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Passengers - By jeffrey-edalatpour - December 21, 2016 - SF Weekly
SF Weekly

Passengers

According to the Norwegian director Morten Tyldum, Gene Roddenberry got it all wrong. Space isn’t the final frontier; love is. At least, that’s the case during his film Passengers, an Adam-and-Eve story set among the stars. Jon Spaihts, the screenwriter for Doctor Strange and Prometheus, genetically engineers the script as the perfect date-night movie. Sci-fi addicts will board the Starship Avalon and get fired up by its nuclear core explosions and Kubrickian set designs, all chilly white and exquisitely fabricated. But squint ever so slightly, and suddenly rom-com tropes start bouncing weightlessly across the screen. Jim (Chris Pratt) meets Aurora (the unflappable Jennifer Lawrence) after a pod-induced hibernation. They’re traveling light years across the universe to colonize Homestead II, an Avatar-like Pandora planet, as yet unsullied by human hands. But along the complicated journey toward love, there are obstacles like meteor fields and malfunctioning software. The costume designer dresses Lawrence in gossamer fabrics, all rustling sheers and suggestive netting, like Barbarella if she’d had a complete makeover of her wardrobe and personality alike. Aurora is the alpha figure on board and the brains, confident and comfortable in her own skin. Pratt does an excellent job of keeping a straight face as he stares out at all the CGI. There is no gravity to this interstellar love story, but these two stars have never been more likable.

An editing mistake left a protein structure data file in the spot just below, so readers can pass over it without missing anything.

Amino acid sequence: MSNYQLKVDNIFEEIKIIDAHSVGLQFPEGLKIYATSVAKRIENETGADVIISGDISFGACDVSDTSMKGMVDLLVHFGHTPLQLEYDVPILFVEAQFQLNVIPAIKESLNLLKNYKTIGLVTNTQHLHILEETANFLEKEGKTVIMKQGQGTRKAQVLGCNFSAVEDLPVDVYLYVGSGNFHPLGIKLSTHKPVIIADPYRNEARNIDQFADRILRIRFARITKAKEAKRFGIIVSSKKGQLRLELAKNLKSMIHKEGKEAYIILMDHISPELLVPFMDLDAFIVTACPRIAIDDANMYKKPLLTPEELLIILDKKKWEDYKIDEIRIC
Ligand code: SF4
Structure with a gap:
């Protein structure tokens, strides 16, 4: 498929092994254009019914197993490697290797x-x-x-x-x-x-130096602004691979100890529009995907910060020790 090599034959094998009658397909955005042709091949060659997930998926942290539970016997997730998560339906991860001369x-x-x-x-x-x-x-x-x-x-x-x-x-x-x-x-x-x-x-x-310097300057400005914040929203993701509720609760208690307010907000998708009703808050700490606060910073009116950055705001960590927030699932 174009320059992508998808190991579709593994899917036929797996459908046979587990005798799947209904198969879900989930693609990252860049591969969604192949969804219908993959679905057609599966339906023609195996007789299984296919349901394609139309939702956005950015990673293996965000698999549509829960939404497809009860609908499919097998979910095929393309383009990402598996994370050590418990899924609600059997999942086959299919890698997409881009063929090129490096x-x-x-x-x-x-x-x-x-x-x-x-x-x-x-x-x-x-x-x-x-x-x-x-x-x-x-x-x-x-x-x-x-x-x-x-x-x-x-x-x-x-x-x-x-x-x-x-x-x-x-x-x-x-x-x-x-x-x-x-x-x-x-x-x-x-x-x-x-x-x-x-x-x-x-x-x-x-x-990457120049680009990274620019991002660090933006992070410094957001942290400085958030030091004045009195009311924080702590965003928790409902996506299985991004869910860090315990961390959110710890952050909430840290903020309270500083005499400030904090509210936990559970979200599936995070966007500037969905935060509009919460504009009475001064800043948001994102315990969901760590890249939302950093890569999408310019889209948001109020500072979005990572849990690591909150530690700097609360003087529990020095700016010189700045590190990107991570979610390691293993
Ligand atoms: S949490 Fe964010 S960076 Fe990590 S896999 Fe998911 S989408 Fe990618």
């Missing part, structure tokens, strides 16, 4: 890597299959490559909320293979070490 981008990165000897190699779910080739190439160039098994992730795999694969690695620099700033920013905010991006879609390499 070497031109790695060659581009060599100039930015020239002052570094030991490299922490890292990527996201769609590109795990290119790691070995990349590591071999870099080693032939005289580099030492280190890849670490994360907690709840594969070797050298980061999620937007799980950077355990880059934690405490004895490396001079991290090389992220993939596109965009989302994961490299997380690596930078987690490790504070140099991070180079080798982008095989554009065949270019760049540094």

Passengers
Rated PG-13.
Now playing at the Century San Francisco Centre 9.